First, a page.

Skip forward to august 2015.
The Power BI dream had suddenly come true!
Most of the things we were expecting in the past suddenly were there, in a web service AND a desktop application.
AMAZING!

Skip forward 3 more months and Power BI has exceeded our wildest dreams.
I could literally fill books with all the great stuff the Power BI team has done and enabled for the community.
The Power BI API, a plugin for PowerPoint, custom visualizations, support on all devices, enterprise ready and a lot more all combined with a CRAZY pace of new releases!

If you haven’t used Power BI yet, skip all the praise and commercial talk, go download the desktop application and start working with it. Soon you’ll be an Power BI evangelist as well 😉

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Cortana Analytics Suite

If I had to summarize Cortana Analytics for anyone, I’d say it is basically Azure Machine Learning for predictive analytics combined with Power BI for a beautiful presentation of your data. And sprinkled on top are some of the most incredible and integrated services you can dream of.

Cortana Analytics is not really a product, it’s more a combination of several services that work really great together and form a solution to your questions.
It enables different scenario’s for any case you can think of.

Whether you have a scenario with real-time data analytics, (real-time) predictive analytics or you’re just in need of a data lake to fill with your data for analysis, Cortana Analytics is where you need to be.

This picture from Microsoft summarizes the Cortana Analytics Suite the best.
It shows you how different tools fit different purposes in the chain from data to insight to action.

Cortana-Analytics-Suite[1]


Acquisition of Datazen & Revolutions Analytics

Not much to say except: WOW!
I bet I’m not the only one who did not see both of these coming.

Datazen was already known for it’s mobile dashboarding solutions. It’s acquisition could only mean something big was coming for on-premises BI.
And it did, Microsoft announced at PASS Summit 2015 that Datazen would basically be integrated with SSRS to provide an outstanding mobile BI solution for those who must stay on-premises.

Revolution Analytics was widely known in the world of the R programming language.
Where R standard is limited to a single machine and the memory that machine has, Revolution Analytics provided a scalable solution.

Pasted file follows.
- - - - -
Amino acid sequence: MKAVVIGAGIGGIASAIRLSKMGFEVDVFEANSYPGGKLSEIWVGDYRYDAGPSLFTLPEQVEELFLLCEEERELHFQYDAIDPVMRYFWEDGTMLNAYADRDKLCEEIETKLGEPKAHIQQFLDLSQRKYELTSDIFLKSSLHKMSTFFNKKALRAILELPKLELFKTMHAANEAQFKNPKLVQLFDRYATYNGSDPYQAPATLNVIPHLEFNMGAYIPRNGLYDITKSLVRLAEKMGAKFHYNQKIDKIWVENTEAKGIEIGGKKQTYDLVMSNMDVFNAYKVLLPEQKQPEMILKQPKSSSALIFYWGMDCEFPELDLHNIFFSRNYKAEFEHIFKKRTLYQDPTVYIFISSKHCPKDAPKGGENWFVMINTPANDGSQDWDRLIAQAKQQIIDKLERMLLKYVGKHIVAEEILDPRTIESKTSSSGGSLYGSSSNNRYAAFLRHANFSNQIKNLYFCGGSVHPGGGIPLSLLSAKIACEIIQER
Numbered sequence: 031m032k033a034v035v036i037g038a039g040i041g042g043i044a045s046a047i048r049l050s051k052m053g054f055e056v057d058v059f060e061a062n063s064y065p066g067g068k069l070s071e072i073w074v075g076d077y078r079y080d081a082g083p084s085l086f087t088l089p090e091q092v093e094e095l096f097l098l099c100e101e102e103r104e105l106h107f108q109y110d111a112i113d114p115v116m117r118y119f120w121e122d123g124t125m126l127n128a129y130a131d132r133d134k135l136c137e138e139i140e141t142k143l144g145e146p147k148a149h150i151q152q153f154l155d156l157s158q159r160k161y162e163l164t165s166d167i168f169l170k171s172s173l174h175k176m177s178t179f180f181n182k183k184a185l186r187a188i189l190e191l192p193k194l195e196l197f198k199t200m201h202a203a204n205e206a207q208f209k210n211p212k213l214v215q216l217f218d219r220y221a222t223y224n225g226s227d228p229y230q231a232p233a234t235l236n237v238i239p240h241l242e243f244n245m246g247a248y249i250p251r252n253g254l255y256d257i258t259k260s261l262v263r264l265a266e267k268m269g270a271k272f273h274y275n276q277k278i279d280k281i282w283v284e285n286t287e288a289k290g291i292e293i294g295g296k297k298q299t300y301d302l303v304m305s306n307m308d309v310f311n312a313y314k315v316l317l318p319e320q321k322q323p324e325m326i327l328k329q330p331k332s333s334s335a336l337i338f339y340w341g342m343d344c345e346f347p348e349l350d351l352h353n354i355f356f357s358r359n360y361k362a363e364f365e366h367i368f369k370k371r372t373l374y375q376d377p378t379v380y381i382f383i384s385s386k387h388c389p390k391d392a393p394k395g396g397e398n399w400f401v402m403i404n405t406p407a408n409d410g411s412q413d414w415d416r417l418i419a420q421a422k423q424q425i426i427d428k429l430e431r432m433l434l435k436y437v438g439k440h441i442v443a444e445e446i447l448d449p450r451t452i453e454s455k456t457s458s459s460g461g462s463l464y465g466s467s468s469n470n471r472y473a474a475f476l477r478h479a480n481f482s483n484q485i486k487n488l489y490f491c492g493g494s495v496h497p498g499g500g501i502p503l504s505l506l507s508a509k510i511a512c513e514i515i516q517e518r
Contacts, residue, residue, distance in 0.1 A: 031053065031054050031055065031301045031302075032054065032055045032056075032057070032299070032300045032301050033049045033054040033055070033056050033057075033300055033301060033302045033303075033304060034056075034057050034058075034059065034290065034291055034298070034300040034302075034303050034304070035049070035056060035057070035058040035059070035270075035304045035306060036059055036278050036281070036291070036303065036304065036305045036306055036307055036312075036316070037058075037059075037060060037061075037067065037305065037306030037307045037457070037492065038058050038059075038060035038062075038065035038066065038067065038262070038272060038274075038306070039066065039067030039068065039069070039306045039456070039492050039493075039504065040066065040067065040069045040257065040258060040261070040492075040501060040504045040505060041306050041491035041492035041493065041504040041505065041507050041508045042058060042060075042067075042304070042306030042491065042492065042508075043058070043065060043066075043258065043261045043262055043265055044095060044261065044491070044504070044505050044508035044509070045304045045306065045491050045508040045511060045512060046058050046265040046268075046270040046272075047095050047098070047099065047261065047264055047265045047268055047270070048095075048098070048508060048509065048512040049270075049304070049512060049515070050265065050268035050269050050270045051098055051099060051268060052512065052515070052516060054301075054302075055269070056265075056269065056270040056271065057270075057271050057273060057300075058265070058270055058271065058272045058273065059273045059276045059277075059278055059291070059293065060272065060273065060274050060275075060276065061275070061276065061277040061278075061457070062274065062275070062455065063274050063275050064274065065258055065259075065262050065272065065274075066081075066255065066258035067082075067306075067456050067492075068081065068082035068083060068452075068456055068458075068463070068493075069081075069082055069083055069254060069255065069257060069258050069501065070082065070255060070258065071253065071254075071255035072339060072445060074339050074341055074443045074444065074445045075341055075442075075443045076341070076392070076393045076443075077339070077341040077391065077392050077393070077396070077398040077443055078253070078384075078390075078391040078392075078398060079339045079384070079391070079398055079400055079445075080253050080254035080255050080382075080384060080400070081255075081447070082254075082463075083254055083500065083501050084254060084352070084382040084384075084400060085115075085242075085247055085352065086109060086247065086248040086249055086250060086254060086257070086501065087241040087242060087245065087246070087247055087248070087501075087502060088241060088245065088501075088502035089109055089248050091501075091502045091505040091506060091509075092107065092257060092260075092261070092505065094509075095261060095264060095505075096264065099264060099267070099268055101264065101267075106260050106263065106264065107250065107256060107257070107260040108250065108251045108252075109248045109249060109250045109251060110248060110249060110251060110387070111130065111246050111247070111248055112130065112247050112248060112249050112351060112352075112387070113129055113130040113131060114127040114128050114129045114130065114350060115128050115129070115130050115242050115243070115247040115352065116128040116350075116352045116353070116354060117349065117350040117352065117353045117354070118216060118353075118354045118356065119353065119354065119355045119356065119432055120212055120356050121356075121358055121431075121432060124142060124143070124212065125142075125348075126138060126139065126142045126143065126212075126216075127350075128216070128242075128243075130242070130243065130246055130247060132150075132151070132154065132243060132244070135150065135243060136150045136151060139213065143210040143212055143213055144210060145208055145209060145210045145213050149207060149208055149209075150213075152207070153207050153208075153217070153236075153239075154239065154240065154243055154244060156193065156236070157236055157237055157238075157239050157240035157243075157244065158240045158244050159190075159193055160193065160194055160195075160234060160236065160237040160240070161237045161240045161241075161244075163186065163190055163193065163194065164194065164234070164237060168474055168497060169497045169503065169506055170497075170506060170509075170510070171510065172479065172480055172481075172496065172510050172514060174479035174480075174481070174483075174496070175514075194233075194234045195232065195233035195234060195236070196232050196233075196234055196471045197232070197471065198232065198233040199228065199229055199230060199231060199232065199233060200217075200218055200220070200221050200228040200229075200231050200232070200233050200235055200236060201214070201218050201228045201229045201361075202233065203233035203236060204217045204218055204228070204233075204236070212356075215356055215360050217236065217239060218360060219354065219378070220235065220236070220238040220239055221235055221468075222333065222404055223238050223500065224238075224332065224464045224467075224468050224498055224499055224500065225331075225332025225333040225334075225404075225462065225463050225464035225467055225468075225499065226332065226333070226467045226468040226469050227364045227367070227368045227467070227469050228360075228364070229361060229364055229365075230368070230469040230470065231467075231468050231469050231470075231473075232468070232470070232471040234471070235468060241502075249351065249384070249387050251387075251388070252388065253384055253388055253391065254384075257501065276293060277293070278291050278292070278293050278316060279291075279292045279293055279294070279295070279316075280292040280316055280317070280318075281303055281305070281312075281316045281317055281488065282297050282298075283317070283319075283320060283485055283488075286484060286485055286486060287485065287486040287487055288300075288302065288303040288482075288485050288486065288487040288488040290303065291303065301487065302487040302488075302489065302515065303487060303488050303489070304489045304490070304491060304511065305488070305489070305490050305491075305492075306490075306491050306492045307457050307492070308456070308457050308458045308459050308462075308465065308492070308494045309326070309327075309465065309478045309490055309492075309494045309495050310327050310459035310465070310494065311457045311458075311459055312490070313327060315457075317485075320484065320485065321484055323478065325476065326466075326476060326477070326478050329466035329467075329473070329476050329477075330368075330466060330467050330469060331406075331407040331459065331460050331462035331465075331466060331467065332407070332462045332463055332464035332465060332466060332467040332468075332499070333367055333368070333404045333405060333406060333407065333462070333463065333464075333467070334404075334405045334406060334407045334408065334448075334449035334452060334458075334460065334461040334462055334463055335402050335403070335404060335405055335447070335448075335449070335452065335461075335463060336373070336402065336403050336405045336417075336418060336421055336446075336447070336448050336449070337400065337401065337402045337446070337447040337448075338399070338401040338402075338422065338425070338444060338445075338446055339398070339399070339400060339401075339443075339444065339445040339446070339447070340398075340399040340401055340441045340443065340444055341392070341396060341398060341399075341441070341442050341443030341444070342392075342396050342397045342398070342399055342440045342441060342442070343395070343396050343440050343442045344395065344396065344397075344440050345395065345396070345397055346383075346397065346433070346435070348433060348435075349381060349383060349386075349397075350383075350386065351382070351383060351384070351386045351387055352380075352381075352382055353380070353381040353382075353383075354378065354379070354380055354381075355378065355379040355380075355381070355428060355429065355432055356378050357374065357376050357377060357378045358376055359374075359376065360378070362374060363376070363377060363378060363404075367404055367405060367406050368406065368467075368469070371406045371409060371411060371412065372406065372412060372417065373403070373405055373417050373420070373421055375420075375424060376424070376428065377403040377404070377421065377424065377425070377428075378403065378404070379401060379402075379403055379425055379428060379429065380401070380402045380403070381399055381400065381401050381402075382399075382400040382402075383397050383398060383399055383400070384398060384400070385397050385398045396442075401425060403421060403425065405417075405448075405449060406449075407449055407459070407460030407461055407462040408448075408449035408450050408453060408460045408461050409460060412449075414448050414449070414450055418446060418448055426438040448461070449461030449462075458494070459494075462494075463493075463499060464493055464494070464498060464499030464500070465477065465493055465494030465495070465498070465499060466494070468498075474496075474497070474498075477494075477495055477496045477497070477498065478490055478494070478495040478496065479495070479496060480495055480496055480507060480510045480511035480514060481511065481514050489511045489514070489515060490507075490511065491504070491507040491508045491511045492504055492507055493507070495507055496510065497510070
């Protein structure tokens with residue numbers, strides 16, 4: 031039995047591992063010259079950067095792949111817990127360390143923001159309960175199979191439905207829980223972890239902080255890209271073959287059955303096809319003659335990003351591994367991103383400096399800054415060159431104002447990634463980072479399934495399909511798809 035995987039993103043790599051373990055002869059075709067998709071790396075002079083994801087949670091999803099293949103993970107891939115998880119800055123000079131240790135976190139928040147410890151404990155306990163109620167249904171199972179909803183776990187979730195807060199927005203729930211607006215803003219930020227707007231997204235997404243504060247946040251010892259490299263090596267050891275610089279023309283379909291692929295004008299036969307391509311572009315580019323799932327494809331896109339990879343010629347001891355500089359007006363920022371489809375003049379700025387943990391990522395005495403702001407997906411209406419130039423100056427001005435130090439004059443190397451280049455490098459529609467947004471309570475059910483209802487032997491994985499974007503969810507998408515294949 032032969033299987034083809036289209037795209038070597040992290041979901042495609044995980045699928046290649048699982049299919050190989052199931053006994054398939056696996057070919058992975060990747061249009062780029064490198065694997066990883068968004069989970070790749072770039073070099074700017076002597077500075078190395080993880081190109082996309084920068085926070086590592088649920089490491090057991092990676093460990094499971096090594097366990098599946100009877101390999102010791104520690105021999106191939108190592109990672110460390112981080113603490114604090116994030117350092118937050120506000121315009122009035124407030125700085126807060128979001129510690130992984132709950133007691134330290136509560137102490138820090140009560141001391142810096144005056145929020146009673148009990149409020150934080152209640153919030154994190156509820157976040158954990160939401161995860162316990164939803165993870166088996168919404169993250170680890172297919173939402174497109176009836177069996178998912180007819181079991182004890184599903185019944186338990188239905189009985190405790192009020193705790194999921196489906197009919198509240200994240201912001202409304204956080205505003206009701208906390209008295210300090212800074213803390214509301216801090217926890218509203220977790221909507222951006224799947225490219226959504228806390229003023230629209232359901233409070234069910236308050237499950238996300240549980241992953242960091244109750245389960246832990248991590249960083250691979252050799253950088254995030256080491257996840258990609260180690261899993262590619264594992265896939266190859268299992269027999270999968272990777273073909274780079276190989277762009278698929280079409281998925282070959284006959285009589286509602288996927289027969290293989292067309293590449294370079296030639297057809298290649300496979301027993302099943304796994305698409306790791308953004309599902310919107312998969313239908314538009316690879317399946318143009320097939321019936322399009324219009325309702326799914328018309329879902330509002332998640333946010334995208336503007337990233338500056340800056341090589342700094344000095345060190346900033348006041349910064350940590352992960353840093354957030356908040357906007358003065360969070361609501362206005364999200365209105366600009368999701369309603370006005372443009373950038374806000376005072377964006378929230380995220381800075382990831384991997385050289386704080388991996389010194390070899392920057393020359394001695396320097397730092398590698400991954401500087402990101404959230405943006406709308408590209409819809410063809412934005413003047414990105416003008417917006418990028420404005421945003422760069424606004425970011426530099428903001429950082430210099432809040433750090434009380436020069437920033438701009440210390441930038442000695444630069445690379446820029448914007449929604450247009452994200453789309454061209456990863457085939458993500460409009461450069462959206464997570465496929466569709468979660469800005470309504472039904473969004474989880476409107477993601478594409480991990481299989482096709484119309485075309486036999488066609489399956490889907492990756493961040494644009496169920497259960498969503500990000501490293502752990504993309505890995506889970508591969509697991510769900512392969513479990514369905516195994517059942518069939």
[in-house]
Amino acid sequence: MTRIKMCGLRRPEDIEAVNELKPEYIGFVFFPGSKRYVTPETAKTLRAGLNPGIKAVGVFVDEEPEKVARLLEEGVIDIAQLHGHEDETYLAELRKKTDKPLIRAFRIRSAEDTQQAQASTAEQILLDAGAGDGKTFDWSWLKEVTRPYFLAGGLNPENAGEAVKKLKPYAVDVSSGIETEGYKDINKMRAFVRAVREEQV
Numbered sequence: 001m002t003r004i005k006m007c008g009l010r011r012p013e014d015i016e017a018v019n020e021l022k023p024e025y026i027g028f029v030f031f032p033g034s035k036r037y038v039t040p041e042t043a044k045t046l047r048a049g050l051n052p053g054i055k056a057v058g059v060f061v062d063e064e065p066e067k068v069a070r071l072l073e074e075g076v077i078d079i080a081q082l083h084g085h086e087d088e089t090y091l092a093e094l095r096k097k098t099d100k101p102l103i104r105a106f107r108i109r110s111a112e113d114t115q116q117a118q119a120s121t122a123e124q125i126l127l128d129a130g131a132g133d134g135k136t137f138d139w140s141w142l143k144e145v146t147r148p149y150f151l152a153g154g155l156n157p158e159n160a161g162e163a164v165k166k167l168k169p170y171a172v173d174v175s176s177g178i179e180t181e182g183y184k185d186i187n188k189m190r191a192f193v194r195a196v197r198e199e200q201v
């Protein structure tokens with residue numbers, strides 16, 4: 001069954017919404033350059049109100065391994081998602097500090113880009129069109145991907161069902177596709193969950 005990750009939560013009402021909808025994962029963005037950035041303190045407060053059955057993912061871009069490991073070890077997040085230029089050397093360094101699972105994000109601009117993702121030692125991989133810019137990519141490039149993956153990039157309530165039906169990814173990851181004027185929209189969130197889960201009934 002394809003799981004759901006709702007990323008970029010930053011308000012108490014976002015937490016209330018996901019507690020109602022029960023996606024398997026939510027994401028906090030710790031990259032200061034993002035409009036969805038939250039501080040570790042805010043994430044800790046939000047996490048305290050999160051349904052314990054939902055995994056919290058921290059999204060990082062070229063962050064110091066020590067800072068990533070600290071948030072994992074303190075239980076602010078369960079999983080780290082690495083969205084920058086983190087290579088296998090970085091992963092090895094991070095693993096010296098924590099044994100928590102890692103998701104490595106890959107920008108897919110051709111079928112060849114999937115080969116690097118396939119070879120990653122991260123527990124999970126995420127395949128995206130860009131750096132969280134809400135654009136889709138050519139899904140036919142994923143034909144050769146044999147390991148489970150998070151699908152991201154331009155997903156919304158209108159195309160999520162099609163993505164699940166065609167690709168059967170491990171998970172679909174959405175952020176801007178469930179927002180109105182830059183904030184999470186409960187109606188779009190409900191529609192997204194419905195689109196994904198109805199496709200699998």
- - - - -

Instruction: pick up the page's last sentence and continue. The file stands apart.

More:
How cool is that? So cool that Microsoft wanted it integrated in SQL Server 2016!
I’m sure that the R services in SQL Server 2016 are just a starting point. But imagine the possibilities from a data science perspective when you combine this with the columnstore and in-memory technologies.

splash[1] architecture[1]

Integration of R in SQL Server

This isn’t just R in SQL Server, it’s an implementation of Revolution R Enterprise in SQL Server!

No longer do you have to pull data to your developer machine, data can just stay in the database where it should be.
Combine this with columnstore indexes and the in-memory technology and you know that the data scientists are now drooling.
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Summary

Microsoft has improved so much in the last year, it’s as if it’s a whole new company.
Data professionals are getting a lot of shiny new toys and can expect a lot more solutions to be build end to end on a Microsoft platform.
Whether that platform is on-premises or in the cloud is up to the business to decide.

Data science is no longer unknown territory for people who work with SQL Server, it’s already on our doorstep.
On top of that, Microsoft’s Cortana Analytics solution offers incredible value and an ease of use I’ve never seen before with something like this.
It took me only an hour to set up a solution that parsed real-time sensor data, combined it with reference data in a database and then show it on a Power BI dashboard.

One thing is sure, you can expect some interesting blog posts in the feature.
Not only from myself but the entire SQL Server community!

When you’re ready, move on to this list of training materials I compiled for you. Let’s get started!